Peter Pan is also a strange case because my kallic distance from it is double. The writers and animators who produced the film did not have Edwardian childhoods, and so their presentation of that space and time was already distanced from J.M. Barrie’s novel and play. Thus it’s not at all clear to me that they intended for me to despise the nursery, as the Darlings themselves did. (Their distance from Edwardian Bloomsbury was chronologically about the same as mine from the Blume novels, and geographically it was substantially greater.) So Peter Pan the film is built on a misreading of Peter Pan the novel and play, which I then misread even further. I do wonder if my preference for the more realistic sections of the film is the product of my own stunted and concrete imagination, or whether the animators merely failed to make Neverland interesting to someone whose pop culture was so different from their own—but the effect is the same either way.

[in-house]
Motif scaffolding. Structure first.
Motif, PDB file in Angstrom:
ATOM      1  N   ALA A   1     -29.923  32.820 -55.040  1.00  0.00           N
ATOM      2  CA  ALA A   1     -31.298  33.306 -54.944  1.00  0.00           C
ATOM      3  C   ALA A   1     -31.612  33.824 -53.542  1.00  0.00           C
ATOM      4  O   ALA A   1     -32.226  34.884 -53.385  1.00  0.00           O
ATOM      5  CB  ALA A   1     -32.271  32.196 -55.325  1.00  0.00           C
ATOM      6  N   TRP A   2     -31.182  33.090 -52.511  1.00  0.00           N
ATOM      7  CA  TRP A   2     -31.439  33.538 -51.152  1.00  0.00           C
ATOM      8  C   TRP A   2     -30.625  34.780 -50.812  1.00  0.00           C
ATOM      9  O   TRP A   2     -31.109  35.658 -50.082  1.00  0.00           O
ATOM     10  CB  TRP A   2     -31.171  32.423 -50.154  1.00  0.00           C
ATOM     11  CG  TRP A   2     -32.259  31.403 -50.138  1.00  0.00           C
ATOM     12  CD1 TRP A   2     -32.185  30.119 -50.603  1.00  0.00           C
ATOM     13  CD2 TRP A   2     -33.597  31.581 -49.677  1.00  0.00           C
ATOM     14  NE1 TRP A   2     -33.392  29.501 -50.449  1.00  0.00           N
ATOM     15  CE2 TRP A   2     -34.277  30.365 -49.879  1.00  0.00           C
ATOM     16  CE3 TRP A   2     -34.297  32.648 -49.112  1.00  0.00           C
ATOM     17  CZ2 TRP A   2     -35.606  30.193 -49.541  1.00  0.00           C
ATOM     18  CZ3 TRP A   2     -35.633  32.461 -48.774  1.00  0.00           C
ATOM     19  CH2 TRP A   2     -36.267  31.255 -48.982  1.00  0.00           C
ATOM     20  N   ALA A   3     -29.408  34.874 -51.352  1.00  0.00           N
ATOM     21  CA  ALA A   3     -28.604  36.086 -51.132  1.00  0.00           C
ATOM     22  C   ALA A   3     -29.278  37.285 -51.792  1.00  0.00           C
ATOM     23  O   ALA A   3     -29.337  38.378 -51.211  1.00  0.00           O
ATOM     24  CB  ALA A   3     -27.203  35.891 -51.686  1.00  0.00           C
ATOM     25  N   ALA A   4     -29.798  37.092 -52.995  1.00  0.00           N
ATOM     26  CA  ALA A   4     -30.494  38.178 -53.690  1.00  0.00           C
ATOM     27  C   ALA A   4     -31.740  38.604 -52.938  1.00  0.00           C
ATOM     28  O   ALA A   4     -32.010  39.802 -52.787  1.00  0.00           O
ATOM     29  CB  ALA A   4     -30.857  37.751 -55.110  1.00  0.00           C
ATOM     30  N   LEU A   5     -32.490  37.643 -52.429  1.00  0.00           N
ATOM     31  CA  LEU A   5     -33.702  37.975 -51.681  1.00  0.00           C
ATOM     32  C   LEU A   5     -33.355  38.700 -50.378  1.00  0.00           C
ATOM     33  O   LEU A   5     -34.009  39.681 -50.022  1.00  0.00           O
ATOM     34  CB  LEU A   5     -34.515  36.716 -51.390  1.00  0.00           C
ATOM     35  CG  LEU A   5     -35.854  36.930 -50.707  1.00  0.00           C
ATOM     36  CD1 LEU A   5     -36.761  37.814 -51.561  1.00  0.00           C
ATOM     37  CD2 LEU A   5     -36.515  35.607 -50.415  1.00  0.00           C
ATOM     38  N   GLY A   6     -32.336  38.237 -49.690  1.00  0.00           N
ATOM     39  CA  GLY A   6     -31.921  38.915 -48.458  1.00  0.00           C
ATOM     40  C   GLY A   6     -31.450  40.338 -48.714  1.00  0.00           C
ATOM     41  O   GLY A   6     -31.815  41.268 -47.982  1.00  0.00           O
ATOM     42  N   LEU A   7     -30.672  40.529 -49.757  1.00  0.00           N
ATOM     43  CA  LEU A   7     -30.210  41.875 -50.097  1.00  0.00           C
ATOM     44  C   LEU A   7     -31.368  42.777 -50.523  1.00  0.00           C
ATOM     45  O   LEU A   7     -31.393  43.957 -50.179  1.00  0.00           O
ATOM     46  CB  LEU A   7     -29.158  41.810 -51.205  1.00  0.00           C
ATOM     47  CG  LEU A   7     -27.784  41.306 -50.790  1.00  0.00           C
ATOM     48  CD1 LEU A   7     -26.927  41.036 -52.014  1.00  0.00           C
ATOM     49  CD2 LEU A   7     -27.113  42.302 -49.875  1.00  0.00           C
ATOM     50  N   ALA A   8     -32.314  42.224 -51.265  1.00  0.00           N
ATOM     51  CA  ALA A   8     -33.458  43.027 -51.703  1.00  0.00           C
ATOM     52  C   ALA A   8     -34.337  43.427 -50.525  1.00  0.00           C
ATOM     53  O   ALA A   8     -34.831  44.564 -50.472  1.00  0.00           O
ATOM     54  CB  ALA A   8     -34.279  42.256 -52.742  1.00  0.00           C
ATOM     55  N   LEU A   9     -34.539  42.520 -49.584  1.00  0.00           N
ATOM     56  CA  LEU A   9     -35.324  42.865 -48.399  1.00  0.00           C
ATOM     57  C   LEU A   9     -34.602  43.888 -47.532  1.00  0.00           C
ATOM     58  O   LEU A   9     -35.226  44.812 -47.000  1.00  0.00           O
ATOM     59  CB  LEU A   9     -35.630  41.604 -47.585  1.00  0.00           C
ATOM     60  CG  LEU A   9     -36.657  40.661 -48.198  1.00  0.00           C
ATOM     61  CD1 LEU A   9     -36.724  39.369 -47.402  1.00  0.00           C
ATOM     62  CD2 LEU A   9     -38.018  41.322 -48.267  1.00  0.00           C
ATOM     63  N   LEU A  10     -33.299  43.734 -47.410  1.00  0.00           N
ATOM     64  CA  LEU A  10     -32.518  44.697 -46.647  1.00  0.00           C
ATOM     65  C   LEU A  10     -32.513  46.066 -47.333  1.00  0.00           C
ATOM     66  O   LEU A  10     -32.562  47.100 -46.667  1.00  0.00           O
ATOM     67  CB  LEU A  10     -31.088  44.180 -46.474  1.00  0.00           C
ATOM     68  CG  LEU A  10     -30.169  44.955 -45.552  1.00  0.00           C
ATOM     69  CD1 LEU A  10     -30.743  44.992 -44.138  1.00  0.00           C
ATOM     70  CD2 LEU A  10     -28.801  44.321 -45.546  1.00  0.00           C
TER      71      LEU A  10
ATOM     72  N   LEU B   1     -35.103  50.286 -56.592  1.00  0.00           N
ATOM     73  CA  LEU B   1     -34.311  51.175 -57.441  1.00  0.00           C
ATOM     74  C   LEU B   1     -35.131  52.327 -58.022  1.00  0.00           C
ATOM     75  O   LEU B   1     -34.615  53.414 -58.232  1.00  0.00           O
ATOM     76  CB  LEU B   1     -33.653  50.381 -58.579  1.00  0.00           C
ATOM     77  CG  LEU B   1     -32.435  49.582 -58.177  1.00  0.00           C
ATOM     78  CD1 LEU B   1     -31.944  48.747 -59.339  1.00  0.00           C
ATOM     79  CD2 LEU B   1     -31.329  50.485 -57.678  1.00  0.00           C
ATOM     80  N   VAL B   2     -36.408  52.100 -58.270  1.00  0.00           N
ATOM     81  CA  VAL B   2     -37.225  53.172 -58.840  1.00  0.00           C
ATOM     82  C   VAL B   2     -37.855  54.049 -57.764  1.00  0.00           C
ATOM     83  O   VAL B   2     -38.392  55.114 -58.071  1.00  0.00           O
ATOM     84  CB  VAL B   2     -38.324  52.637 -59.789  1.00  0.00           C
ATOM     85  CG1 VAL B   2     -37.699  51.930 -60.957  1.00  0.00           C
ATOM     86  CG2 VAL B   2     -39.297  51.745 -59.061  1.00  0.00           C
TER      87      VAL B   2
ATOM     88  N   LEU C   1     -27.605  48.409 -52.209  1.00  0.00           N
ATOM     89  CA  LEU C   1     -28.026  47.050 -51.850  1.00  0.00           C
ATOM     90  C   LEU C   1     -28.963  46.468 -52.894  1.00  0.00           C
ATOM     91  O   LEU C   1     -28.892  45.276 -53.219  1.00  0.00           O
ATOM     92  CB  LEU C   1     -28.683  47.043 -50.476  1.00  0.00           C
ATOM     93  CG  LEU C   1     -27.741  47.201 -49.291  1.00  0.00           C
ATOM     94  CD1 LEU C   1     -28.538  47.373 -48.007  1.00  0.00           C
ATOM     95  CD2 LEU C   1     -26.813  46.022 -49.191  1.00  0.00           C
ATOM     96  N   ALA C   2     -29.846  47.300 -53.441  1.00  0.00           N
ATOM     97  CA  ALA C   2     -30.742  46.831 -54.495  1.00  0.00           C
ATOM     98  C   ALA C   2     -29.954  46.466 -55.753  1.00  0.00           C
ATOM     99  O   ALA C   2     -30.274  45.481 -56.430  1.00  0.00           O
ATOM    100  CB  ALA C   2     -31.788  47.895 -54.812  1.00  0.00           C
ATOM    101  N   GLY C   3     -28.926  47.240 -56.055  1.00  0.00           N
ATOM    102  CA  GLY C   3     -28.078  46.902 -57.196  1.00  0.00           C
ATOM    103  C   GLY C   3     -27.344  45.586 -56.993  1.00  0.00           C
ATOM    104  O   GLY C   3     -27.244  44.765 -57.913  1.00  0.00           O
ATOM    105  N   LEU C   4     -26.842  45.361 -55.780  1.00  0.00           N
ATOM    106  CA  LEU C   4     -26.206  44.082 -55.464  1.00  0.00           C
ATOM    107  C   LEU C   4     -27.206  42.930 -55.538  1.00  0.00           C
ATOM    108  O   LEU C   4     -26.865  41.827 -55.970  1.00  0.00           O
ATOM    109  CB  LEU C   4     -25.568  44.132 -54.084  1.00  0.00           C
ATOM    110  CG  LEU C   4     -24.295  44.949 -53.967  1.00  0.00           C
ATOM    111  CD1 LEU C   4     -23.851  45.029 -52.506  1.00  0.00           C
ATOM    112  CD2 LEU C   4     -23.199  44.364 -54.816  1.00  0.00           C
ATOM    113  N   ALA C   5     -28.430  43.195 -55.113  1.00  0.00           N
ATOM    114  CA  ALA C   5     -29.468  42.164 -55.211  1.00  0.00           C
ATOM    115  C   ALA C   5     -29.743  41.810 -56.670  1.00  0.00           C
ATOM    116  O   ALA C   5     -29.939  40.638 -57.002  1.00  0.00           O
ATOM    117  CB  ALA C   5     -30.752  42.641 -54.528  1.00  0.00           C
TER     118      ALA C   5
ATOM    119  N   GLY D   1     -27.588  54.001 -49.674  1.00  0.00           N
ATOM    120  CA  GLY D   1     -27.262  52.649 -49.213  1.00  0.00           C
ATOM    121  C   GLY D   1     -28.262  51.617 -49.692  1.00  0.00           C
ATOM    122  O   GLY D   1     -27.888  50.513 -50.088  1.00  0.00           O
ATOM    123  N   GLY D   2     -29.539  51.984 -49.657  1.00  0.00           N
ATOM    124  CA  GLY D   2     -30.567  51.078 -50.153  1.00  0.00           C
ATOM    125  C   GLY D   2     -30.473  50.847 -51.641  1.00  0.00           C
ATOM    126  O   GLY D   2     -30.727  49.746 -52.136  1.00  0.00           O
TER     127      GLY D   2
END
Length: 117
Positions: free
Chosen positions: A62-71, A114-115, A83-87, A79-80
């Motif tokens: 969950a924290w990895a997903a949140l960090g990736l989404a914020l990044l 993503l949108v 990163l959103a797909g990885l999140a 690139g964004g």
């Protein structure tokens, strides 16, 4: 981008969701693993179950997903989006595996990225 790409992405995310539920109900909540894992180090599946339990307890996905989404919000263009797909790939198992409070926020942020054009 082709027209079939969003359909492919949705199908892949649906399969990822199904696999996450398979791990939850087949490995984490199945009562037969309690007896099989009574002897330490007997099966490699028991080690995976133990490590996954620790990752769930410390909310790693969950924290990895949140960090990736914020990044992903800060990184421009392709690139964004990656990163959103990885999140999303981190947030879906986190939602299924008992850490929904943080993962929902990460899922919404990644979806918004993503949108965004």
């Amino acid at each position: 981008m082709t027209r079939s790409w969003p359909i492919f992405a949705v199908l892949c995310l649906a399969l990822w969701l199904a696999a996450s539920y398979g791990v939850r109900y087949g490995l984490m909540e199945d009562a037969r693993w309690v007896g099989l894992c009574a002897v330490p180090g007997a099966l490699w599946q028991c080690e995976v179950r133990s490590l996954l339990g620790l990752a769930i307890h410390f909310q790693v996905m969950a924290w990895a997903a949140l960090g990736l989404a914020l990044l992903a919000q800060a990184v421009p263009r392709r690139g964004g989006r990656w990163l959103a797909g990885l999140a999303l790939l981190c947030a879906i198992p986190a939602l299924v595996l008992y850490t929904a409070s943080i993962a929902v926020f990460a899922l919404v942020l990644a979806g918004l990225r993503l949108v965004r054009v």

WHAT DOES KALLIC distance, as a phenomenon, say about human beings and our relations with the world? It’s tempting to say that it proves the truth of that old cliché, “The grass is always greener on the other side.” In other words, the situation we find ourselves in—whatever it might be—will always be somewhat tedious, and other situations, however tedious to those inhabiting them, will always be attractive to us. Human beings, as Blaise Pascal puts it, “do not know that it is the chase, and not the quarry, which they seek” (§139). There’s some truth to this explanation: humanity’s restlessness and insatiability are well-documented and undeniable. But it turns kallic distance into something sheerly subjective—or, more to the point, it turns beauty itself into something sheerly subjective.